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Women have published a varied selection of work in Cuba throughout the 20th century and their writings give an insight into the recent history of the country. In this book, Catherine Davies develops a theoretically informed feminist reading of works by authors such as Dulce Maria Loynaz and the poet Fina Garcia Marruz who developed their styles in the pre-revolutionary period, and black and mulatto poets such as Nancy Morejon, Georgina Herrera and Excilia Saldana from the post-1959 socialist era. The author reads these key texts in ways that show how women's writing can open up areas that resist alignment into the "grand narratives" - of liberalism, Marxism - that have usually dominated interpretations of Cuban culture. A theoretical intervention into debates around representation, the book should be of value to students and academics in post-colonial theory and women's studies, as well as in Spanish, Latin-American and comparative literature.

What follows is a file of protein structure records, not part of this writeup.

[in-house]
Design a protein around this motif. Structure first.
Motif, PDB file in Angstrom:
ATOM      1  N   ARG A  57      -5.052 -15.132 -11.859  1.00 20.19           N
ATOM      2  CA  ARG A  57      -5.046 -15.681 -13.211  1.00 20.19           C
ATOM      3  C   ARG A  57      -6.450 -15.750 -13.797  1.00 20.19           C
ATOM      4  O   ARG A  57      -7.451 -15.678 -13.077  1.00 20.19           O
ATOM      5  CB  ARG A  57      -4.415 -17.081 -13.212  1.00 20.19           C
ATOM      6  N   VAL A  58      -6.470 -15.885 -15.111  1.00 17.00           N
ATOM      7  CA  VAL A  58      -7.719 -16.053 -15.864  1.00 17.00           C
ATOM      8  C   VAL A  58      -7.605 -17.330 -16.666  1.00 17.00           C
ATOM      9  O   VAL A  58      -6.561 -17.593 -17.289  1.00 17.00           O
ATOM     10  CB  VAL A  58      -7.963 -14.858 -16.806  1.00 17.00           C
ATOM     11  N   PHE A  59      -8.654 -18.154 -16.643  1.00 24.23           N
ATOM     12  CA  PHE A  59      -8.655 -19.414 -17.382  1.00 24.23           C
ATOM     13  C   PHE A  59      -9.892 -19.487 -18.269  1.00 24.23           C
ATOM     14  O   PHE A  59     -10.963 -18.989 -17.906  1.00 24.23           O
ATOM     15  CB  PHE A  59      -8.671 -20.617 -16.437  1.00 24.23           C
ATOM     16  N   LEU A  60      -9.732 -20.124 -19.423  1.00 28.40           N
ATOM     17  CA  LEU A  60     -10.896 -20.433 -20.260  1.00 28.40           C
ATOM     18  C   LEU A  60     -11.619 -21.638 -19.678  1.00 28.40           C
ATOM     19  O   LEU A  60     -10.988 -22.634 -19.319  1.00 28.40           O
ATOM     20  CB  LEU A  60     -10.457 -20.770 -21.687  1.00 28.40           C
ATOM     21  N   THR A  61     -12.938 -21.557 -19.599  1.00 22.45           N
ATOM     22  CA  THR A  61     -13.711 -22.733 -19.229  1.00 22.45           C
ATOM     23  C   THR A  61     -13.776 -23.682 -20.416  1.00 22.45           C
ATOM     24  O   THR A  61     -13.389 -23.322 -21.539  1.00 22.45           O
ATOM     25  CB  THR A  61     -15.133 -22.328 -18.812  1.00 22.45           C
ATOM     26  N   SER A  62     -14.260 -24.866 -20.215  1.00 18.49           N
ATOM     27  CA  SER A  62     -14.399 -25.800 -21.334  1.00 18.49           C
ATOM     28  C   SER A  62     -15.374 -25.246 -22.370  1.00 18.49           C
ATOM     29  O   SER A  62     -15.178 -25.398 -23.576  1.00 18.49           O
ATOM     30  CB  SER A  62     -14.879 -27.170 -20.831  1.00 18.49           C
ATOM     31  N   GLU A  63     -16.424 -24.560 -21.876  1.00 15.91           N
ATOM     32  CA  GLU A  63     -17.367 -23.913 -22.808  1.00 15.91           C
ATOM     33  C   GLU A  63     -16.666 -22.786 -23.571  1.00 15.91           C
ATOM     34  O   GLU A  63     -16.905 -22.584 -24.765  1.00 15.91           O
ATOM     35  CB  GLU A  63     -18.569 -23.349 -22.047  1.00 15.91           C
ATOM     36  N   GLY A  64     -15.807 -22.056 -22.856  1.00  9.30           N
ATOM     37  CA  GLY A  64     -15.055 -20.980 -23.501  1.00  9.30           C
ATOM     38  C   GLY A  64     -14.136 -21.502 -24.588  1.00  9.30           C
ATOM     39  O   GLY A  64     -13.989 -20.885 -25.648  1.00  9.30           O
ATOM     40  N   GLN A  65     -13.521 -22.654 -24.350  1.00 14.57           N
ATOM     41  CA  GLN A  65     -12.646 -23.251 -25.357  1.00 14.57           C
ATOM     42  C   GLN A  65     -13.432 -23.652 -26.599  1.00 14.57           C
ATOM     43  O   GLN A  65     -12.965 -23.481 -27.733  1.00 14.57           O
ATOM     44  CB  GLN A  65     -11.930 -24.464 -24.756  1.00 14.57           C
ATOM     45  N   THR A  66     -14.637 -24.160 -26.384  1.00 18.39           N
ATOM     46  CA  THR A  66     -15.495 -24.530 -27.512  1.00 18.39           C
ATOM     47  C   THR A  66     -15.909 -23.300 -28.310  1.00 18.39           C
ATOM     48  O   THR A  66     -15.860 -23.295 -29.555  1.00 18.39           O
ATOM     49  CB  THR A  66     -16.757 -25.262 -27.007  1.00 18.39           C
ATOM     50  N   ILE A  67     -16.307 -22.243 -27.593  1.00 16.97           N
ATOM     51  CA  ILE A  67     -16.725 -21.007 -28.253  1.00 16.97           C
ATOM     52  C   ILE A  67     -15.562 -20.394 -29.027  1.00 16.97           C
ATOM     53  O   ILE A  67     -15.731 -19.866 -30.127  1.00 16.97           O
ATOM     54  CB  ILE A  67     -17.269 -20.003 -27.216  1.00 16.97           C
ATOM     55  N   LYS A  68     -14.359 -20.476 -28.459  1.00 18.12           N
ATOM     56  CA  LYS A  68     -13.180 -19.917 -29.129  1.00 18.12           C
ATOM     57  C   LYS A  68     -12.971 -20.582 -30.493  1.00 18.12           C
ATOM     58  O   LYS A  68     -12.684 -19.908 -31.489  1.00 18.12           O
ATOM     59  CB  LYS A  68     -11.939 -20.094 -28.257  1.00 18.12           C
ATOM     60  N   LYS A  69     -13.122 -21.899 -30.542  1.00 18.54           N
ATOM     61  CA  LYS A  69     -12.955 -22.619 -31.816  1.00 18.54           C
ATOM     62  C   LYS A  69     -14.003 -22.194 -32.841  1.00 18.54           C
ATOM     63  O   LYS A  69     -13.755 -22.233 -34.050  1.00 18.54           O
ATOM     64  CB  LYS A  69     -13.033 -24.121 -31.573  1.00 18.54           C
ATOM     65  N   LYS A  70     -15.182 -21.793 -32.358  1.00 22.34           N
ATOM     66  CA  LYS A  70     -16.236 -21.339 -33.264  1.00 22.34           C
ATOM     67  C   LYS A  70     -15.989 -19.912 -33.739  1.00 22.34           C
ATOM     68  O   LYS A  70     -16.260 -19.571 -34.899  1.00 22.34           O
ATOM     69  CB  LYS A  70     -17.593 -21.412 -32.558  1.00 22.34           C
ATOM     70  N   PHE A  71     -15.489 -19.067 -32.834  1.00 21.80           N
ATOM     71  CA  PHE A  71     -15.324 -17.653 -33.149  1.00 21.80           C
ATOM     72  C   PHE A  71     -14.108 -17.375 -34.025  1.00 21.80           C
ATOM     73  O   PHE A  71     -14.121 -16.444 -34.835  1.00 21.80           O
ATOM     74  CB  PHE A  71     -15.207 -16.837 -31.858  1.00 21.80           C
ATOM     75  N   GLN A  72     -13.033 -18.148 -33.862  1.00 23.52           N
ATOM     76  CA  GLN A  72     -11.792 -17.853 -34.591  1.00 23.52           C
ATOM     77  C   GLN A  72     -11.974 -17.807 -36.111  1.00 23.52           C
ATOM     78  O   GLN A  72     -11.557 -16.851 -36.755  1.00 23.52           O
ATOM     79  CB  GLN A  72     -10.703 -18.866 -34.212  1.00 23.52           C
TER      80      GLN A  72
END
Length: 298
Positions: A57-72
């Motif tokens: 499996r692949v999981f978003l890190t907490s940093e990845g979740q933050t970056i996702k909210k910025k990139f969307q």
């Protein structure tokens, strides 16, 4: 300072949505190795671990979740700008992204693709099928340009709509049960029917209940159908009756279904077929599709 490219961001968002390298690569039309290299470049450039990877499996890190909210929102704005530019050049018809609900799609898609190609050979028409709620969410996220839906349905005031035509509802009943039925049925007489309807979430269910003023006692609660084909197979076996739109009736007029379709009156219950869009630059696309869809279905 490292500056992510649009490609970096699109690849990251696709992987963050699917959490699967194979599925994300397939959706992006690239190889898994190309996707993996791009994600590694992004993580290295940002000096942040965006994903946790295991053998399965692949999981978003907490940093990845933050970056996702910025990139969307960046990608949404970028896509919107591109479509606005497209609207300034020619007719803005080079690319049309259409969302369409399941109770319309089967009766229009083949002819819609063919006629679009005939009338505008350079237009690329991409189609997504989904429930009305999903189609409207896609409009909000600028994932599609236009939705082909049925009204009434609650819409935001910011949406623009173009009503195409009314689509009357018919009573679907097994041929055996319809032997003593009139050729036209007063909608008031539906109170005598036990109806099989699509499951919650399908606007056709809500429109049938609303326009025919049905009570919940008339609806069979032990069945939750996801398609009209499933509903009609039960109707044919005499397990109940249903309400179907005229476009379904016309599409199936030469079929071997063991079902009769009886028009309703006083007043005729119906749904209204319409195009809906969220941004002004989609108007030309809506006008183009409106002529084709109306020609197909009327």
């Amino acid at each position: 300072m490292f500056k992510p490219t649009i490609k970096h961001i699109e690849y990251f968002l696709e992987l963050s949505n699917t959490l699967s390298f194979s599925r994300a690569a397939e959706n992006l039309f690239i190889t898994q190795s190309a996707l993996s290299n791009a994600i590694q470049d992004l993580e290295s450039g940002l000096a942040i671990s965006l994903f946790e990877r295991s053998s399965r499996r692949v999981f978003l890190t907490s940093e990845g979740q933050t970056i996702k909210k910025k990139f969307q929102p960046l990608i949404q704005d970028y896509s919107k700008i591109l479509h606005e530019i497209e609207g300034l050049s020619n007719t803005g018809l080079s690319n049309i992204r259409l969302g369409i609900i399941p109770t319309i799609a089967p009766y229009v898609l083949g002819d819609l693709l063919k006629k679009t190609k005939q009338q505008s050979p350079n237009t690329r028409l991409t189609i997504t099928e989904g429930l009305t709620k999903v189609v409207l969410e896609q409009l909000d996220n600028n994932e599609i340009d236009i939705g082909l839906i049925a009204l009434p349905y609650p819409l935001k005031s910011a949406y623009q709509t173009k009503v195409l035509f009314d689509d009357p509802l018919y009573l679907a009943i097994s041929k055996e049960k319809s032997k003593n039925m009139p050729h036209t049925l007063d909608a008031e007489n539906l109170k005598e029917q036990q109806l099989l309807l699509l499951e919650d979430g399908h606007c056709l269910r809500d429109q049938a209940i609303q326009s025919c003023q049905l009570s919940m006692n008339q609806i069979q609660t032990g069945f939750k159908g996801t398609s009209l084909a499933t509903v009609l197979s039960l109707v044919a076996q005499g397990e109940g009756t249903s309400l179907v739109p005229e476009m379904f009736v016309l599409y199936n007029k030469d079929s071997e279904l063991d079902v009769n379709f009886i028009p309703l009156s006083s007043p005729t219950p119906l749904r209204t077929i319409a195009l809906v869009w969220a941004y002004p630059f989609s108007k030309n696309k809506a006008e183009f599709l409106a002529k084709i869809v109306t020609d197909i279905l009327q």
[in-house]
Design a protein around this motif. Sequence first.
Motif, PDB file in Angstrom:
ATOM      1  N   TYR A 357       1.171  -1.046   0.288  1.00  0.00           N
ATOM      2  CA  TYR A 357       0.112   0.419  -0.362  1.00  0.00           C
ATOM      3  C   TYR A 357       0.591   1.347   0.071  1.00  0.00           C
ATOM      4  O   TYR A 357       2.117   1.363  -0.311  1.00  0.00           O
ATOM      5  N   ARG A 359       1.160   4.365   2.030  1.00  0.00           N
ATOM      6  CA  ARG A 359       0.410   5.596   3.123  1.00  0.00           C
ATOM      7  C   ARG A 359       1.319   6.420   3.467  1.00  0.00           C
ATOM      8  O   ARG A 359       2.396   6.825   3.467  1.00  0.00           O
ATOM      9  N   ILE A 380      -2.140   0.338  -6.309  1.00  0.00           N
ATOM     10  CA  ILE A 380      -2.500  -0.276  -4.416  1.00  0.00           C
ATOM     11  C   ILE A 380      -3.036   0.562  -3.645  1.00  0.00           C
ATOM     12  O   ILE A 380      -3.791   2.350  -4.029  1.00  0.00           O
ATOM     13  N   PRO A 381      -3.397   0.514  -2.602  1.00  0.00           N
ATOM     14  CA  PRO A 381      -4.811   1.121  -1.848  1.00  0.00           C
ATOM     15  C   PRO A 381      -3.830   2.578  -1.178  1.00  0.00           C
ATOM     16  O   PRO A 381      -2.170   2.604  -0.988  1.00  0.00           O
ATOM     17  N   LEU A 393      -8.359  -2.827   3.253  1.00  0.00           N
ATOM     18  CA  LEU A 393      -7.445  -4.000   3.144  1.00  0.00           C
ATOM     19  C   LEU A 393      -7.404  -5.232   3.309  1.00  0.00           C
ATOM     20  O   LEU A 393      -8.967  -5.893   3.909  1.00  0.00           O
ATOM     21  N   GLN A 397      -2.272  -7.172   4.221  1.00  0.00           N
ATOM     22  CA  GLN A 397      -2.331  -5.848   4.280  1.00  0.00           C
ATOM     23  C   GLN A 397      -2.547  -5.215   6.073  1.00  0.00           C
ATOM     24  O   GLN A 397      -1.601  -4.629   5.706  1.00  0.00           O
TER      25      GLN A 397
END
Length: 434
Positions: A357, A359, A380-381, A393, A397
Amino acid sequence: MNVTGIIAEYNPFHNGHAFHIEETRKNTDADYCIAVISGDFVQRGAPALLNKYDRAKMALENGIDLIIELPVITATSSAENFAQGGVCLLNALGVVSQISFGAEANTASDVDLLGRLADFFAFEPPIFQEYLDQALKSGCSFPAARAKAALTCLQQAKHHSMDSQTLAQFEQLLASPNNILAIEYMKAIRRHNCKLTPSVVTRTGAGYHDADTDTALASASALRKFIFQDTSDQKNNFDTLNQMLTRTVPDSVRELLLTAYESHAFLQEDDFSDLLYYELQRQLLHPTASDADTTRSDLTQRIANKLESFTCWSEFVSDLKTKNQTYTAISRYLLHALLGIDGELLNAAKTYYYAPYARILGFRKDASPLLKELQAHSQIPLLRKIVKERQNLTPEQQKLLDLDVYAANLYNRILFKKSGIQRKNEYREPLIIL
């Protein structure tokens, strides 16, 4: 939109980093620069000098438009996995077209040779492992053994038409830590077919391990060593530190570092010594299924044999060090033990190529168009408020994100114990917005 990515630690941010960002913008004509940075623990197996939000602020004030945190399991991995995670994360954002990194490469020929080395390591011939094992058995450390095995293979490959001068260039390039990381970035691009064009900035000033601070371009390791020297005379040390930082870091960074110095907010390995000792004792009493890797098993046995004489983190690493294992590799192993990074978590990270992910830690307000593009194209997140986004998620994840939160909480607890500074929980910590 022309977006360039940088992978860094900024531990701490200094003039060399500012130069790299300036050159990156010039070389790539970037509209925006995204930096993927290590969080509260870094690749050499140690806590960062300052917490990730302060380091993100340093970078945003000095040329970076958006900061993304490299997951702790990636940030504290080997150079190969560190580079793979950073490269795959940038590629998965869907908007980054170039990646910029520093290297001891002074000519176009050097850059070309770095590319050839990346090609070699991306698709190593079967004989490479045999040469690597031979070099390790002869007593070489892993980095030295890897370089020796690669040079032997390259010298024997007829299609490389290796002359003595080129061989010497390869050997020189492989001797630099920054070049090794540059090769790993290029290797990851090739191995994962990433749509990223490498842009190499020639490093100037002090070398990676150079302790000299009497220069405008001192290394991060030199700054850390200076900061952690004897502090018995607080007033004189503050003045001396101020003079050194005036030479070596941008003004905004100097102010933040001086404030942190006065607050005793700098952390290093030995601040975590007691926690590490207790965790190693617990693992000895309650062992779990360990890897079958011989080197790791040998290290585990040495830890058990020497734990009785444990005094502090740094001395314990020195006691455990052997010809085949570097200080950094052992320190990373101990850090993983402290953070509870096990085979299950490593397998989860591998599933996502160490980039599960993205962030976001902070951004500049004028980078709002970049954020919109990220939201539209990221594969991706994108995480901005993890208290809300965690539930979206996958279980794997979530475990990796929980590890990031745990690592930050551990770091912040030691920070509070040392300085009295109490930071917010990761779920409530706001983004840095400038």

Zed Books Ltd
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